The editing phase for Our Cosmic Story is nearly finished! To celebrate this upcoming milestone, I am releasing the introduction to the book here as a blog update. I would love to hear what you think of it. Enjoy!
INTRODUCTION – A BIG PICTURE VIEW
“When scientists are asked what they are working on, their response is seldom ‘Finding the origin of the universe’ or ‘Seeking to cure cancer.’ Usually, they will claim to be tackling a very specific problem – a small piece of the jigsaw that builds up the big picture.” -Martin Rees
It is rare that we get a chance to reflect upon life, to smell the roses or to look at the cosmic picture. Yet it is important to find the time for such reflection when the grand cosmos is on our doorstep. How did life appear on Earth? How did our fantastically complex civilization develop? When will we encounter other civilizations out there, if ever? This book will explore our history and place in the universe, examine why Earth is so hospitable for life and civilization, and consider the likelihood for life to exist on other worlds, some that may be far more different than our own.
The quest to reach beyond the confines of our world is a natural consequence of being a very small part of a grand and dynamic universe. Looking up at the sky instills within us some expectation that we are not alone, and we wonder if there is not something amazing happening out there somewhere. This sense of awe may not be exclusive to Earthlings; for in a galaxy truly far away, there could be creatures with similar musings as they peer towards our corner of the universe. The idea that we share this existence with potential aliens is a recurring theme in this book.
Regardless of the possibility of countless other life forms existing on rocky barges adrift throughout the cosmos, we should still hold the belief that humanity is special. Our world is rare enough that we may appreciate it just as much as if we are in fact alone. Recent studies have shown that, while life’s ingredients are common throughout the universe, the exact quantity and assortment of chemicals and minerals that make up Earth are unlikely to exist elsewhere. This may have significant consequences for life and evolution on another world that’s close in properties, but not quite the same as Earth.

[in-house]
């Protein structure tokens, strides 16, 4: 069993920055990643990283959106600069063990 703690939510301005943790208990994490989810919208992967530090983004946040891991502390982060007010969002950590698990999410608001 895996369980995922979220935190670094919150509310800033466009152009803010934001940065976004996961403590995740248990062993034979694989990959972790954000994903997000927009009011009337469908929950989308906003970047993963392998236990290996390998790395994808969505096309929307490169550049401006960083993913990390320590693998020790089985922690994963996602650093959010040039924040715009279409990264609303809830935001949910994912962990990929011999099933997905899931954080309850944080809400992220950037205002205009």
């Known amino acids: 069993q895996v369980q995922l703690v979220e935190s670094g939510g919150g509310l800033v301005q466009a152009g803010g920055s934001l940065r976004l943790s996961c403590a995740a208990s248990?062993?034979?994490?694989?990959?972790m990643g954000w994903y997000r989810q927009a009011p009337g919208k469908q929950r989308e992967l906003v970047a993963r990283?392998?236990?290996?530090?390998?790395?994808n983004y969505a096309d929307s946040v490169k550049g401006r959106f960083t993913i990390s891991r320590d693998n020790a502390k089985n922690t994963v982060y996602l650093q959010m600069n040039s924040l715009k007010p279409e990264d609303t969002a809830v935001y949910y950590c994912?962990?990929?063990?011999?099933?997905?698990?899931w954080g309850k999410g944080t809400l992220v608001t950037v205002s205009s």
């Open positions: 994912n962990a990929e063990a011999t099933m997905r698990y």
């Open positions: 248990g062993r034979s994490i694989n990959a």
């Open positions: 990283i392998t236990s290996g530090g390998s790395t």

For a close-to-home example, both Mars and Venus can be considered distant cousins of Earth and once thought to be habitable, though you wouldn’t want to book a vacation to either of them anytime soon. While Mars and Venus are rocky bodies with solid cores, Mars today lacks a dense oxygen-rich atmosphere and liquid water on its surface because the planet is simply too small. Venus is nearly the same size as Earth, but is far too close to our scorching sun. There are many other variables of habitability to consider as well, many of which we will explore in upcoming chapters. The physical makeup of the Earth and how it compares to other planets in the solar system is an important starting point for understanding where we may find life elsewhere in the universe.
Even though we may currently be well off on Earth, humanity should make every effort to voyage into space, if only for the practical reason that Earth will not support life forever. We may one day need to flee Earth in order to preserve the existence of our species from a variety of cosmic and terrestrial extinction events, like asteroid impacts and supervolcanoes. Currently, all of our proverbial eggs are dangerously in one basket. While the lack of evidence of life on other worlds may suggest at first that the endeavor to colonize space is futile, this is a dangerous assumption we just cannot afford to make.
The act of colonizing space will of course come at initially great cost, but in the long run it may pay off in ways we cannot even imagine. Many great explorers like Christopher Columbus, Ferdinand Magellan and Charles Darwin risked their lives and boldly faced peril to sail across vast oceans in the name of science and discovery. Diseases and other formidable barriers attempted to stop them from making progress, but they pushed on in the hope that a better future lay ahead. These great explorers, and many great thinkers throughout history, have helped to lay the foundation of our civilization as it stands today.
Whatever our future may hold, let us not forget where we came from or fail to cherish this home base. Protecting the Earth for as long as possible may be important for facilitating our ability to leave it someday – and perhaps in our need to return to it, should space be more unforgiving than we had realized. The Earth is not a place that we can spoil with the assumption that a better one will eventually be found. Assuming in advance that our existence in the cosmos is assured will be the ultimate undoing of our way of life. Many of Earth’s past civilizations made this arrogant assumption about their destinies, and it resulted in their swift demise.
In order to begin to understand how we achieved all that we have so far, and further our chances of carrying our knowledge into space, there is one thing that must always be with us: a sense of hope and drive to improve the whole of civilization, beyond just our own lives. The motivation to pass down prosperity to future generations has the power to be a catalyst for expanding into a spacefaring civilization that can counter the constant threats against our one world. While great things will still be accomplished if we stay grounded to the Earth, it will be tragic if humanity one day forgets that we once long ago nearly made it to the stars, but did not.
I hope that this book heightens your sense of wonder about our tiny but special place in the cosmos, as well as fires your imagination and intensifies your intrigue in exploring the potential for other worlds where human civilization may one day call home.
– Mathew Anderson, Our Cosmic Story